Harems, zenanas, cities of women? words that evoke scenes of flowing veils, mysteries and wealth. Hidden. Luxurious. Enticing. If you flew on a magic carpet over the walls of a Royal Harem, you would come to rest at a vast, central courtyard in the most private area of the king's palace.Gardens, apartments, and baths surround you.
Water gurgles and splashes from fountains, tanks and waterways. Tapestries, mosaics, ornamented niches and casual treasures abound. Rare rugs cover marble floors. Soft cushions and low divans are placed near tables loaded with fruits and wines. Perfumed smoke rises from oil in silver lamps.
Fresh flowers twist around columns. The ease and luxury is created for thousands of women who live here, supported by their king.Contrary to common perception, the queens, concubines and slave girls with access to the king's bed represent only a small percentage of the thousands of women within the Royal Harem. Princesses and sisters of the emperor and their slaves, attendants and artisans needed to satisfy every need also called the harem home.
There are widowed relatives and their daughters and their servants and attendants; the retainers of a previous king's wives who couldn't be dismissed simply because their mistress died; female relatives of the king; widows of valiant soldiers and the many servants of each of these females. In addition, there are menial workers who maintain the dazzle of this Royal Harem.But are the days spent hours idling in perfumed waters of the bath, battling with roses as weapons, being massaged with scented oils and powders, presenting and watching plays, listening really enough? Some women didn't think so. Men knew so.To examine the "mechanics" of a carpet we look at the knots on the underside of the design.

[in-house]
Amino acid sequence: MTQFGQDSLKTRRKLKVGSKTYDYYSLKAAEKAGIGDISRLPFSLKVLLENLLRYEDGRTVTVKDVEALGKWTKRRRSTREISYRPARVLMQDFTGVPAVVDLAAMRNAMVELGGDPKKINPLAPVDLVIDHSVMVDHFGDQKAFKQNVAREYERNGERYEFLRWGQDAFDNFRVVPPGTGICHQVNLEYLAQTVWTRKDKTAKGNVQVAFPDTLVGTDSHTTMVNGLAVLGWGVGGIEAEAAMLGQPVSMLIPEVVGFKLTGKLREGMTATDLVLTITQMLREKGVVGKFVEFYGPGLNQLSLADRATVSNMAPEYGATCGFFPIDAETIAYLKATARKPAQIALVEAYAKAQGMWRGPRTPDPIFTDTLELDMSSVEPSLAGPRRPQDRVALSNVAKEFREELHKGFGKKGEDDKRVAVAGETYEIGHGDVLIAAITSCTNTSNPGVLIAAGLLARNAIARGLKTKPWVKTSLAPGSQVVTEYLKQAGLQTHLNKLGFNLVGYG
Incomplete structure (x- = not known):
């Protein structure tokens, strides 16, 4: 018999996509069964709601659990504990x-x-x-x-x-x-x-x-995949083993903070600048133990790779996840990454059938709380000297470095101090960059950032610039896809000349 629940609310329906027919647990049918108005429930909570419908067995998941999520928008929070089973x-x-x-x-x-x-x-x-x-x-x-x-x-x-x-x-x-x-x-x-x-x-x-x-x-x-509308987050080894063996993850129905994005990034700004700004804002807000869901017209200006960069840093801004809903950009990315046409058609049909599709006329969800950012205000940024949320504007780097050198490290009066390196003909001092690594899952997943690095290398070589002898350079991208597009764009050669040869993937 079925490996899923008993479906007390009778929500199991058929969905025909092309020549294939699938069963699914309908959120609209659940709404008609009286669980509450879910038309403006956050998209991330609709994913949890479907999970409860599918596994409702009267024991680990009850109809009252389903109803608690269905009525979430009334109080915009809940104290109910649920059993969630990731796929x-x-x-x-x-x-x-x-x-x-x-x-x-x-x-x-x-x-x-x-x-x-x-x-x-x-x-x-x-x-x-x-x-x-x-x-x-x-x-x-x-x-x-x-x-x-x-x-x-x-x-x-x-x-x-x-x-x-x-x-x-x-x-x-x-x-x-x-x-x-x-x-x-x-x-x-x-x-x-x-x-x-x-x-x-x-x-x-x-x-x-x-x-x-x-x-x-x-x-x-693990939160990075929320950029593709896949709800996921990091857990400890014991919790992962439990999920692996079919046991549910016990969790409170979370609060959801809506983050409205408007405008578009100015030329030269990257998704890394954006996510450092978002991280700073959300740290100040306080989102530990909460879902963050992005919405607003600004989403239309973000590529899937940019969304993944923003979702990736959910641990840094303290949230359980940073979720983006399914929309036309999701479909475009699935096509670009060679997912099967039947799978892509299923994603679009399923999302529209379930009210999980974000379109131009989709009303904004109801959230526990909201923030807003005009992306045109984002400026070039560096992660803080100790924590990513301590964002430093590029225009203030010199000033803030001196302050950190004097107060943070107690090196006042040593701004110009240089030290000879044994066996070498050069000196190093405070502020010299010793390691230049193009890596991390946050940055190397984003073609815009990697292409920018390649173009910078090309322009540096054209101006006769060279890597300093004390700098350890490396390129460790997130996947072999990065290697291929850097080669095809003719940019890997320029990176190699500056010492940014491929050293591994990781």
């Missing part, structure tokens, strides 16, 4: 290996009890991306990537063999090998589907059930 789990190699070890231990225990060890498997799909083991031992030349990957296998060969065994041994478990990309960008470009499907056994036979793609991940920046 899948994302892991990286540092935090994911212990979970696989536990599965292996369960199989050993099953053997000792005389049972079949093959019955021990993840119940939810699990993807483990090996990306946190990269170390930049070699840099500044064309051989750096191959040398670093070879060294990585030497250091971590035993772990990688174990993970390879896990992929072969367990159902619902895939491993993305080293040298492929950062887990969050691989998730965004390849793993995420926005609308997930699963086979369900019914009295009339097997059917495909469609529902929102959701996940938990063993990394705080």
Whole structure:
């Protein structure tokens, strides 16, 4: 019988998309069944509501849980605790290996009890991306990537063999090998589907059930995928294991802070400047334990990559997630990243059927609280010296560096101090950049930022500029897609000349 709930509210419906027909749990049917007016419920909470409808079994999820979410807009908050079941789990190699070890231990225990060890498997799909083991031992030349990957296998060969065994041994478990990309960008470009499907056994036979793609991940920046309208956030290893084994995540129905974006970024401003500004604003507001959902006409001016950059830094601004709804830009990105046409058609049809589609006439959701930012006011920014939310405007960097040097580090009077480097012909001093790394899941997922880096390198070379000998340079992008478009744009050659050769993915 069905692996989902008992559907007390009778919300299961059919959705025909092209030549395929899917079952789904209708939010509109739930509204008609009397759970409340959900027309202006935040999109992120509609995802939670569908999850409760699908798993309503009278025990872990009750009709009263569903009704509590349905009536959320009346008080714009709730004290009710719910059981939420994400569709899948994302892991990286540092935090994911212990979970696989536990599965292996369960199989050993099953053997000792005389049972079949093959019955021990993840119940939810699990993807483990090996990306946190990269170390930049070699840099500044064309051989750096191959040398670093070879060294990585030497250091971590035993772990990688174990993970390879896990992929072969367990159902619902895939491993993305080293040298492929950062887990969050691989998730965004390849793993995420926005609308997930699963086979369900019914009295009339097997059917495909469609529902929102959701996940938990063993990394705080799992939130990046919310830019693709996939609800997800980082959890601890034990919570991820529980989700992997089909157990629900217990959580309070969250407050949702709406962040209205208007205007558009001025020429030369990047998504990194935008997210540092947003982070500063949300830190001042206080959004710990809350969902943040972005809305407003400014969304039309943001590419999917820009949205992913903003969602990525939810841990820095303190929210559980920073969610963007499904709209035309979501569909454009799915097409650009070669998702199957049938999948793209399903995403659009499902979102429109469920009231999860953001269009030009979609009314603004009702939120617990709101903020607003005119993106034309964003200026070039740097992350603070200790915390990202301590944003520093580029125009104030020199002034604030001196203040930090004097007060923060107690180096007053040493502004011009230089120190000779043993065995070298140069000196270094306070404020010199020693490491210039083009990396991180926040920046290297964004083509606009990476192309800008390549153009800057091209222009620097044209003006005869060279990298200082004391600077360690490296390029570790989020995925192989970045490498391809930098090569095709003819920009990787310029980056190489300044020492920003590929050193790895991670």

To do the same for a royal harem, we look beyond the staggering opulence and examine the basic structure.The second of these three articles on harems will explore the Royal Harem from the point of view of the men who created and maintained the institution. The third article is from the point of view of the women inhabitants.
Some content. Some not..Sandra Wilson is an author, teacher, and international lecturer.
She taught in India where her historical fiction, TAJ, was inspired by visits to the "poem in marble" of the title. For more information, visit her website at http://taj-womanandwonder.com.
By: Sandra Jean Wilson